Unlike the STAR+PLUS HCBS waiver that allows adults who have SSI access to the waiver with no wait, children who have SSI and meet MDCP eligibility criteria cannot access waiver services until their names come to the top of the interest list. The wait for services is approximately two to three years.

If waiting is not feasible, the MDCP waiver allows children to leave nursing facilities and receive services and supports in their homes through a Money Follows the Person (MFP) process, but this process is inefficient and puts the lives of children at risk. To qualify for the Money Follows the Person process, the waiver requires a child to complete a 30-day stay in a nursing facility, unless the child is extremely medically fragile and is approved by a strictly defined medical fragility determination by HHSC to complete a limited stay. The limited stay requires a child to enter a nursing facility for part of two days. Children who qualify often require a ventilator to breathe, have tracheostomies, require oxygen, or have severely compromised immune systems. The need for access to a crisis diversion process for children with extreme medical fragility that does not require a child to be admitted to a nursing facility for part of two days was highlighted by the recent COVID-19 pandemic. Facilities that accept children for a limited stay were hard to find prior to the current public health emergency and is even harder now. Families and physicians of children who require ventilation to breathe and whose immune system and health are medically compromised are worried that admission to a congregate facility for even a short period of time puts children at greater risk of contracting COVID-19 and requiring further hospitalization.

Texas Medicaid has successfully created a crisis diversion process and reserved capacity in the Home and Community-Based Services (HCS) waiver for children and adults at risk of facility admission. HHSC needs legislative direction and funding from the legislature to create a similar diversion process in the MDCP waiver that does not require a medically fragile child to enter a nursing facility. Senate Bill 1207 from the 86th Texas Legislature set the stage but did not give HHSC sufficient direction or funding.

Implement TEFRA Option

Some children spend 13 years waiting for services on waiver interest lists. Families of these children often have little alternative other than to seek admission of their children to a costly institution. Funding for waivers was not appropriated in the amount requested for the biennium, leaving some children without access to the supports and services they need to live in a family.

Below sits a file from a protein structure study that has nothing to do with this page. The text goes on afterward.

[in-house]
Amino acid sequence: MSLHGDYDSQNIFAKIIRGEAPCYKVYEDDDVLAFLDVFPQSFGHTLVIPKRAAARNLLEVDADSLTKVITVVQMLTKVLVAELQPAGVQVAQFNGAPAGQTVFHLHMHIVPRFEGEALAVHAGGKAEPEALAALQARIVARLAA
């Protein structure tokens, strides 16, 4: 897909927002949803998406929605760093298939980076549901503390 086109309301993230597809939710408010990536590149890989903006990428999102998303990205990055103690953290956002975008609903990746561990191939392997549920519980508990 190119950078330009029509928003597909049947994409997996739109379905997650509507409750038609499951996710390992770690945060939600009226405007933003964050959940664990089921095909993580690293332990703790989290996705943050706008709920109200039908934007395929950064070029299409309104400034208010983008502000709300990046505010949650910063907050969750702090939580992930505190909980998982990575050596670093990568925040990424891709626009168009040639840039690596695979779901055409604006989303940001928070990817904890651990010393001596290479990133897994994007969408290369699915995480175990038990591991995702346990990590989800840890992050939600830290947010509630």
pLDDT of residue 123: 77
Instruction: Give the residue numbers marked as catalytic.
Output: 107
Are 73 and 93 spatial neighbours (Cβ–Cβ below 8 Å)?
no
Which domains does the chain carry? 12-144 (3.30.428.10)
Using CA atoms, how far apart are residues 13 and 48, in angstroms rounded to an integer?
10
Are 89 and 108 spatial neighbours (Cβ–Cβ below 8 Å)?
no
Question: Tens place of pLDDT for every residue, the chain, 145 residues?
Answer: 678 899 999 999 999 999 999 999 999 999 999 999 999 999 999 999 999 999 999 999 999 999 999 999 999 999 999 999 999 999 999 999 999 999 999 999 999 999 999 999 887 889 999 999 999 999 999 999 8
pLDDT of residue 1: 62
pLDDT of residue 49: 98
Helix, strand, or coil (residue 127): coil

The Tax Equity and Fiscal Responsibility Act (TEFRA) [Pub. L. 97-248, Sec. 134], passed by Congress in 1982, includes an option for states to create an additional pathway to Medicaid for children, birth to age 18. The TEFRA option allows family income to be disregarded for children who meet a certain criterion so that they qualify for Medicaid to cover the services they need to grow and thrive while living at home. To qualify, children must have a disability that is recognized under the definition utilized in the Supplemental Security Income (SSI) program of the Social Security Administration and must meet basic Medicaid and institutional level-of-care requirements. Additionally, their care must cost less at home than in an institution. Good health insurance often only covers a small portion of what children with disabilities need. This puts working families in a terrible predicament – especially when waiting on an HCBS waiver for years. Families can’t quit their jobs to get help. And they can’t help their kids without jobs. TEFRA would be such a huge help in assisting Texas families with the extraordinary cost of raising a child with a disability.

Adjust TxHmL Eligibility

Adjust eligibility of the Texas Home Living (TxHmL) waiver so that the lowest cost waiver can serve more people. The Texas Home Living waiver’s financial eligibility requirements are different from that which currently is used for the other HCBS waivers such as HCS, CLASS and DBMD. Requiring uniform financial eligibility requirements would apply more equity to the waivers. Considering individual income, rather than family income, would mean that children could be eligible for waiver services sooner, thus delaying crises and reducing or preventing unnecessary institutionalizations.

The TxHmL waiver program may force a choice between employment and remaining eligible for the program by requiring income eligibility based on a lower income level than most other HCBS programs. The TxHmL income limit is set at 100% of SSI rather than the institutional income limit of 300% SSI like the rest of the waivers.